Week 4: Bust the Dust Clean your living area, top to bottom. Cover a broom with an old t-shirt and remove cobwebs around the crown molding and down the corners.  Starting at one of the light switches in the room, continue around the room until you return to the light switch, accomplishing the following:  clean the glass and tops of the picture frames (Update pictures, if necessary.); remove all knick knacks and dust furniture; dust all knick knacks and replace them on the furniture, clean the windows—glass, sills, and sashes; clean light switches; clean door frames, removing all fingerprints.  Clean and organize other furniture in the room, such as an entertainment center, bookshelves, baskets, etc.  Start again at the same light switch and clean the baseboards, continuing around the room until you get back to the light switch.  Sit back and admire the fruits of your labor.

 

The Cleaning Game

When I was growing up, spring was the signal for an all-out war on dust and dirt at our house.  Mom removed and cleaned the curtains and drapes, got on her hands and knees to strip and wax the kitchen and dining room floors, and cleaned out every inch of the kitchen cabinets and every closet.  Taking care of her family was her full time job—and she did it well.  Most days we could’ve eaten off the kitchen floor because it was so clean.  (Some days you can eat off my kitchen floor because there are enough crumbs to feed a small country.)  When my brothers and sisters and I were at school, my mom had many uninterrupted hours to order her home. As a homeschool mom, my time is divided between home and school so I had to find an alternative. “Many hands make light work.” (John Heywood) When daughter #4 arrived, I knew I could no longer do everything around the house on my own.  The oldest was only 6 and the next was 4, but I immediately enlisted their help.  My solution was based in three principles:  1.The girls couldn’t do everything I did, but they could certainly do some things.  2. If their hands were busy working with me, it would be more difficult for them to undo what I was trying to do.  3. Working together as a family, no matter what the project, would build teamwork.  And so I invented The Cleaning Game--a fun way for our family to work as a team to clean our home.  When the house is clean, everyone wins!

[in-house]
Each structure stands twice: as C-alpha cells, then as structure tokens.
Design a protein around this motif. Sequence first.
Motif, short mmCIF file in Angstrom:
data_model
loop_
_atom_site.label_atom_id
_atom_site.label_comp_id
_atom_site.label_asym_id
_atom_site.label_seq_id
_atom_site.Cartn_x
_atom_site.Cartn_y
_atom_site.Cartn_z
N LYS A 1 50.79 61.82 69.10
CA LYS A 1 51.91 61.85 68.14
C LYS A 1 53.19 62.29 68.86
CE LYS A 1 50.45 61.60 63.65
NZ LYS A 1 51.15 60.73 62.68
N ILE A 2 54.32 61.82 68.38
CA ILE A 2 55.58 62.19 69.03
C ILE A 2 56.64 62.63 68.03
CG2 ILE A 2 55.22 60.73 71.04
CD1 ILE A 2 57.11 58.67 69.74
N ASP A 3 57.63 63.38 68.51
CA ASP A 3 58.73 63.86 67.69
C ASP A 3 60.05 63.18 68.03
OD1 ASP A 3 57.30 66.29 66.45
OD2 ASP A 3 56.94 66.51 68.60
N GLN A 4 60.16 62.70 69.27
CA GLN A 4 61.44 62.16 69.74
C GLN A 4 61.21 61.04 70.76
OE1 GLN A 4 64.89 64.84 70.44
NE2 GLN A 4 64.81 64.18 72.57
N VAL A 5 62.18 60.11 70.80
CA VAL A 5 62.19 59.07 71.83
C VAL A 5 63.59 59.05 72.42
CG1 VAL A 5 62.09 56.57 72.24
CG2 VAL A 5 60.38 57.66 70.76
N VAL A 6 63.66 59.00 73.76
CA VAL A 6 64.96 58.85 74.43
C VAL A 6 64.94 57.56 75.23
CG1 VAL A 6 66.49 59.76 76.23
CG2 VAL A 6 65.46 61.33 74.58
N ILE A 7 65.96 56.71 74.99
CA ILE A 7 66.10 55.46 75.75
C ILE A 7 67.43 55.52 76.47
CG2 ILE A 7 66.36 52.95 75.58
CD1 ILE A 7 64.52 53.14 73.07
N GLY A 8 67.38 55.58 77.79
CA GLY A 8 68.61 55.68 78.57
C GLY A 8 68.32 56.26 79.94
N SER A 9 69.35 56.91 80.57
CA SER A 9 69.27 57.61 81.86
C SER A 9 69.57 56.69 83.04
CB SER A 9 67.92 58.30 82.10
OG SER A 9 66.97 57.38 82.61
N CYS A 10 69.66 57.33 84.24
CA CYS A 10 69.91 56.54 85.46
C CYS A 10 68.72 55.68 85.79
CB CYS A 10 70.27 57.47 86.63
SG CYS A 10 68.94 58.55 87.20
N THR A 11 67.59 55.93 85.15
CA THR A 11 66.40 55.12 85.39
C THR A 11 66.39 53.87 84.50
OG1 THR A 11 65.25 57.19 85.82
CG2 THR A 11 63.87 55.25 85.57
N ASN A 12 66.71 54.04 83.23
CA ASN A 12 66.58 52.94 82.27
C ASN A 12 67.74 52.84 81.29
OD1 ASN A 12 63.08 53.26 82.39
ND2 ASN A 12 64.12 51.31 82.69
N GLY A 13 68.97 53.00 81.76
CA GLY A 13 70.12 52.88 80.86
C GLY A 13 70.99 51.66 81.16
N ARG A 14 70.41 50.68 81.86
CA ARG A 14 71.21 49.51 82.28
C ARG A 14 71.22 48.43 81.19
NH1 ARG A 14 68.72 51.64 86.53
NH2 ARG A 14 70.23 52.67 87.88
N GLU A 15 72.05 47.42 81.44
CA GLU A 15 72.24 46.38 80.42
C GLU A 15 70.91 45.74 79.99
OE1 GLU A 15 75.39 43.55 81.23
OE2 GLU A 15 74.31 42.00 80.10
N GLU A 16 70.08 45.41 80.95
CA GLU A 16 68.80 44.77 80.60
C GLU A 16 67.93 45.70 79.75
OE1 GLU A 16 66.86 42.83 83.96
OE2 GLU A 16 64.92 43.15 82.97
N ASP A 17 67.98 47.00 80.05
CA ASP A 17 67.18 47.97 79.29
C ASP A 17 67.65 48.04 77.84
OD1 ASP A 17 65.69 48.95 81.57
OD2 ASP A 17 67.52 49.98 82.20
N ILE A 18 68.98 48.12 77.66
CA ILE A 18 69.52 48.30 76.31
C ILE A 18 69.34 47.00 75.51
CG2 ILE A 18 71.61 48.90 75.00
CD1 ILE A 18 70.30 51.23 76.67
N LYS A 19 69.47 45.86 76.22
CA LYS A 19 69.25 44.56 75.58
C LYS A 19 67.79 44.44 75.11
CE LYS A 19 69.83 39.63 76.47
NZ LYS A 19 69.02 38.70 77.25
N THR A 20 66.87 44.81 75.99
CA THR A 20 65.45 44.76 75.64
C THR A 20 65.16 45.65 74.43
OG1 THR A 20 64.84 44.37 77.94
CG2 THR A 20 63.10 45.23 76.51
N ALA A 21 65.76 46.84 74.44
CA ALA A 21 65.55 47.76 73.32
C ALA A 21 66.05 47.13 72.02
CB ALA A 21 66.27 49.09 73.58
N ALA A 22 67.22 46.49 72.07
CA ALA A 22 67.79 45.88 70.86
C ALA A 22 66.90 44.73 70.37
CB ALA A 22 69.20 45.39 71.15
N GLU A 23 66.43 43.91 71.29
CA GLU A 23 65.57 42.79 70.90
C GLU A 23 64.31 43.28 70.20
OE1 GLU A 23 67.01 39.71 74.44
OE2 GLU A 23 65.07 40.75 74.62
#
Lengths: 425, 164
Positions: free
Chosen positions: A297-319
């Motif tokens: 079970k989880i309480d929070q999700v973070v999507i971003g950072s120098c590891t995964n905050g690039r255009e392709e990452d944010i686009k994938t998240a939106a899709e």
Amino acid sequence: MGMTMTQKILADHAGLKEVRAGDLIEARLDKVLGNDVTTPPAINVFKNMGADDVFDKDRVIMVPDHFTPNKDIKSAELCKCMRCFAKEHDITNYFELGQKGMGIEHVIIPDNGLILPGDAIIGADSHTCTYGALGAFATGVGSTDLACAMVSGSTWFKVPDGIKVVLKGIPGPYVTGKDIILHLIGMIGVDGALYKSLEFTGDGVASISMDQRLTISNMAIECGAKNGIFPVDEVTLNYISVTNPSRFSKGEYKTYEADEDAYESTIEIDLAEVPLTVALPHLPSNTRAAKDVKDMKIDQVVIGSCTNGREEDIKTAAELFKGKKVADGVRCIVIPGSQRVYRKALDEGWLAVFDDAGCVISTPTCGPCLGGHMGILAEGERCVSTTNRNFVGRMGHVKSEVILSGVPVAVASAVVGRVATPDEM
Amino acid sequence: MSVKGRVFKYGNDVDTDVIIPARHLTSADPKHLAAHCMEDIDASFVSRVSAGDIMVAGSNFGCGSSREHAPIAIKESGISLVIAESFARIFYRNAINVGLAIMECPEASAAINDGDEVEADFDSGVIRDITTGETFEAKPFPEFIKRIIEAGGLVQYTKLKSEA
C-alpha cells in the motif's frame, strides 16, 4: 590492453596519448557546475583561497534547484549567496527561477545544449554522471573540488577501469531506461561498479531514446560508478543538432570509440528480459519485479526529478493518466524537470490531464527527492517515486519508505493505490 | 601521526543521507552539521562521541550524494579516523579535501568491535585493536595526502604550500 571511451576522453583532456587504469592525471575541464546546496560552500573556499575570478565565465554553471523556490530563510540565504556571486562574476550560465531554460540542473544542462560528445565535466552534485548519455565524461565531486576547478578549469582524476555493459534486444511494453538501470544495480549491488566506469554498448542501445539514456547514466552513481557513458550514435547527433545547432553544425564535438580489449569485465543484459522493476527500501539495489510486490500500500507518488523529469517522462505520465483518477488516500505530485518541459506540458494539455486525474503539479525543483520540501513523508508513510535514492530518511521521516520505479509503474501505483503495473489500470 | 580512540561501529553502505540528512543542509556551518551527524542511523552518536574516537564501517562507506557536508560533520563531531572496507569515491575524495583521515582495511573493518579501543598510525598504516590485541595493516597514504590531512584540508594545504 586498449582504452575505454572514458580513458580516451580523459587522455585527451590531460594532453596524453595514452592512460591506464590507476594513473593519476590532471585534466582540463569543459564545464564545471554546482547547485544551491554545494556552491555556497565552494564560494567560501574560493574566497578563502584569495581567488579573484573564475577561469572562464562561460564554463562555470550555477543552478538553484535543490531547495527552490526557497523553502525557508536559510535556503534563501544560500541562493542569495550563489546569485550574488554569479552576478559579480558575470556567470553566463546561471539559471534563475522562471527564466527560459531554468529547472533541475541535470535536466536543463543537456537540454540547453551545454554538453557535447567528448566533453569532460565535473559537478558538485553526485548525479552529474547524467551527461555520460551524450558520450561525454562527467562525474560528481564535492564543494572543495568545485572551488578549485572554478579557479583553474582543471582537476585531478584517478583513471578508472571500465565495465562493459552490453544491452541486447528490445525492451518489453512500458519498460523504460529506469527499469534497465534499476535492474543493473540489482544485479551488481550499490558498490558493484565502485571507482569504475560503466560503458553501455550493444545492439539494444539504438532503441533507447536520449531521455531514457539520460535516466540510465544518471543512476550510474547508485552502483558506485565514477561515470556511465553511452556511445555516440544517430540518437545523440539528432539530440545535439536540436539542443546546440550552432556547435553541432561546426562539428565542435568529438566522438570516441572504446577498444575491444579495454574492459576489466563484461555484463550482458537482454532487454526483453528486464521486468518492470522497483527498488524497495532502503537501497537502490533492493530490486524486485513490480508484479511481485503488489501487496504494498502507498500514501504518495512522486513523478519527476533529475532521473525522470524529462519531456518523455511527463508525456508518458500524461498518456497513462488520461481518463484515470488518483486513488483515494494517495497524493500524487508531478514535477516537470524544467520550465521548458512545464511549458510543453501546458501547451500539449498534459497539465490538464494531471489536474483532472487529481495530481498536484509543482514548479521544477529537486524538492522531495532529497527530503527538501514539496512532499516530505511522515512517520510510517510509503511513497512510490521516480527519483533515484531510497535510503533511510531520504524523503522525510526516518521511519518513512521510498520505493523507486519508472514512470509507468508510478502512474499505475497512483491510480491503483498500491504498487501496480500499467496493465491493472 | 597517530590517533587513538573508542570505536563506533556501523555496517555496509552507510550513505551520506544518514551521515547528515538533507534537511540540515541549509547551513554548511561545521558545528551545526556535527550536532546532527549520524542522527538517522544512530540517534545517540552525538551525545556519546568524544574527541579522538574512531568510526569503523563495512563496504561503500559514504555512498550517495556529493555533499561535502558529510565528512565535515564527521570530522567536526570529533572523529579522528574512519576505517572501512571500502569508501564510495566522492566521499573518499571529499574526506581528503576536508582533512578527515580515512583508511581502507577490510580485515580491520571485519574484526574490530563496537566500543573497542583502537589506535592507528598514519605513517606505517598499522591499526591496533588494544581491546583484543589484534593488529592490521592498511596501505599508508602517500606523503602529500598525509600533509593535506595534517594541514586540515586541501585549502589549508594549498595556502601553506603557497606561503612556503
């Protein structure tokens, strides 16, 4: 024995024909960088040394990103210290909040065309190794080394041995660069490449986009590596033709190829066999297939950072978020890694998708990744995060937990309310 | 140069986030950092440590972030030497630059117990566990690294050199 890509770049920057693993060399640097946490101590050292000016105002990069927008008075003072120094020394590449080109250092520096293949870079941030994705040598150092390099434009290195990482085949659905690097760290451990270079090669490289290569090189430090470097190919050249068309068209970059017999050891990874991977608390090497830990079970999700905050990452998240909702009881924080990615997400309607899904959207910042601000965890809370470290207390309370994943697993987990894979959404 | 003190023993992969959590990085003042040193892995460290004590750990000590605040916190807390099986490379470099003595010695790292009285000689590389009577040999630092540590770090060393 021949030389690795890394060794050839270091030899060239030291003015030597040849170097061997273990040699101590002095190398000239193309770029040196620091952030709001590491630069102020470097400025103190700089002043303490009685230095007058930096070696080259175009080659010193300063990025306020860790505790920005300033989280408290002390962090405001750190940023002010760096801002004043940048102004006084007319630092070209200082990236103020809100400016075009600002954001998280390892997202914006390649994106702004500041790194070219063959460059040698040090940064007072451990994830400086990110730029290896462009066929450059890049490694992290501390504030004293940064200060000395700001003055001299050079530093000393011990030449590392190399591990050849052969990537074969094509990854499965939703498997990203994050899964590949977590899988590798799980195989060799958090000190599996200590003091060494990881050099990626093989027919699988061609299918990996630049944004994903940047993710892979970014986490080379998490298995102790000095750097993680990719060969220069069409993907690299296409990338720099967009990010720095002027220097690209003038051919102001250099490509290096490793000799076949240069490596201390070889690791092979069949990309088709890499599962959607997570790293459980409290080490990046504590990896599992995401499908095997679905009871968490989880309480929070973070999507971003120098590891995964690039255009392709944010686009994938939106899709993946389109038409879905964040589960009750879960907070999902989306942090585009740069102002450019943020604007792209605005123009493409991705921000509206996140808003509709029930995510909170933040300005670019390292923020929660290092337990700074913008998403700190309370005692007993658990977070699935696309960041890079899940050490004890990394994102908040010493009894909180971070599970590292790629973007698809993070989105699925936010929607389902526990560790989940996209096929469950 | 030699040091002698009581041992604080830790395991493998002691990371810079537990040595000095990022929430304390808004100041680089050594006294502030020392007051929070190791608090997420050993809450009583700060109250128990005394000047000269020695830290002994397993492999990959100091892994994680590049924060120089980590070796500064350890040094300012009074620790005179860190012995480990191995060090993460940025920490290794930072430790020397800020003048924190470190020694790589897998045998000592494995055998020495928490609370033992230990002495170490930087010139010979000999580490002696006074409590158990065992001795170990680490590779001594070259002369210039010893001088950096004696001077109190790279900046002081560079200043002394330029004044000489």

How to eat an elephant You’ve probably heard the saying, “How do you eat an elephant?  One bite at a time.”  The same principle works for the overwhelming task of cleaning a home—take one bite at a time.  The Cleaning Game (TCG) is played with 100+ task cards that each list one bite-sized task, brief instructions for how to accomplish the task and a list of supplies needed.  Cards include chores for two vehicles and houses with 6 bedrooms and four baths.  Blank cards are included so you can customize the game to meet the needs of your family.  Three diligent, expert players over the age of 6 are able to clean a 4 bedroom, 2 bath home in under 3 hours—not including floors.

“You can expect what you inspect.” (Anonymous) Remove any cards from the deck that don’t apply to your family.  Begin by dealing the cards to each player.  (TCG comes with instruction cards explaining several different ways to play with the same deck of cards, but our family plays once a week.)  I recommend that you introduce a few tasks each week, instructing and demonstrating how the task would be completed to your satisfaction.  Add tasks each week until all cards have been introduced.  Ideally, players who can read can work independently, however it is critical that work is inspected and that players receive both positive and negative feedback—especially in the start-up phase.  Parents can choose cards, remain only an “Inspector”, or complete the jobs that children are unable to do.  Players seem to be best motivated when a parent is involved in some part of the process.

“A family that plays together, stays together.” (Joy Moore) If you are interested in playing with your family, you have two options:  purchase a CD with the pdf file of The Cleaning Game for $7.99 and free shipping OR purchase and download the pdf file of The Cleaning Game for the introductory rate of $3.99 during the month of March.  Both forms of The Cleaning Game are available only at the Daughters 4 God Shoppe.